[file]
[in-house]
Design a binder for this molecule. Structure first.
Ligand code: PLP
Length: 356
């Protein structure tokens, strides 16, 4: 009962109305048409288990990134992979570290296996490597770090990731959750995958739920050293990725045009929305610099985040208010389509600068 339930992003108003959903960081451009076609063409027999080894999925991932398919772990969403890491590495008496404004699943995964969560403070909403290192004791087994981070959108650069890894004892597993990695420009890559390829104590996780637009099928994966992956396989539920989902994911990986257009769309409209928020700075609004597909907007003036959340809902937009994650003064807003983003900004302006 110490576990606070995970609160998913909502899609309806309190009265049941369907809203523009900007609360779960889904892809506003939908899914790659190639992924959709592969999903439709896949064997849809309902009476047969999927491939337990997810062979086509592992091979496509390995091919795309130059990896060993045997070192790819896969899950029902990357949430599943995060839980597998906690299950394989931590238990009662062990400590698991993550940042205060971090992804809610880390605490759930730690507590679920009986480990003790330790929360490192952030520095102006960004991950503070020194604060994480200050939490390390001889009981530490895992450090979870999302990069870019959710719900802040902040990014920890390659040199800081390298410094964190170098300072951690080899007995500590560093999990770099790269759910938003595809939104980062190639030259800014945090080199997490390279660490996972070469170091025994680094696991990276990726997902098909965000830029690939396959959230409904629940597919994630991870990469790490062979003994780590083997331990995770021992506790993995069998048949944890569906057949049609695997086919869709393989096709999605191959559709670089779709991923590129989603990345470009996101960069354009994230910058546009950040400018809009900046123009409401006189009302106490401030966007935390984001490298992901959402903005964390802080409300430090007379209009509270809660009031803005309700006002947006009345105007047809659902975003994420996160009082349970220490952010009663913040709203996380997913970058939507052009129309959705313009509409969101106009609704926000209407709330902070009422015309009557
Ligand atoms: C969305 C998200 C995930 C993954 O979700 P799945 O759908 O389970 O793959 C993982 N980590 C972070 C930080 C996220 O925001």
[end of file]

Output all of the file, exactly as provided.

[in-house]
Design a binder for this molecule. Structure first.
Ligand code: PLP
Length: 356
């Protein structure tokens, strides 16, 4: 009962109305048409288990990134992979570290296996490597770090990731959750995958739920050293990725045009929305610099985040208010389509600068 339930992003108003959903960081451009076609063409027999080894999925991932398919772990969403890491590495008496404004699943995964969560403070909403290192004791087994981070959108650069890894004892597993990695420009890559390829104590996780637009099928994966992956396989539920989902994911990986257009769309409209928020700075609004597909907007003036959340809902937009994650003064807003983003900004302006 110490576990606070995970609160998913909502899609309806309190009265049941369907809203523009900007609360779960889904892809506003939908899914790659190639992924959709592969999903439709896949064997849809309902009476047969999927491939337990997810062979086509592992091979496509390995091919795309130059990896060993045997070192790819896969899950029902990357949430599943995060839980597998906690299950394989931590238990009662062990400590698991993550940042205060971090992804809610880390605490759930730690507590679920009986480990003790330790929360490192952030520095102006960004991950503070020194604060994480200050939490390390001889009981530490895992450090979870999302990069870019959710719900802040902040990014920890390659040199800081390298410094964190170098300072951690080899007995500590560093999990770099790269759910938003595809939104980062190639030259800014945090080199997490390279660490996972070469170091025994680094696991990276990726997902098909965000830029690939396959959230409904629940597919994630991870990469790490062979003994780590083997331990995770021992506790993995069998048949944890569906057949049609695997086919869709393989096709999605191959559709670089779709991923590129989603990345470009996101960069354009994230910058546009950040400018809009900046123009409401006189009302106490401030966007935390984001490298992901959402903005964390802080409300430090007379209009509270809660009031803005309700006002947006009345105007047809659902975003994420996160009082349970220490952010009663913040709203996380997913970058939507052009129309959705313009509409969101106009609704926000209407709330902070009422015309009557
Ligand atoms: C969305 C998200 C995930 C993954 O979700 P799945 O759908 O389970 O793959 C993982 N980590 C972070 C930080 C996220 O925001």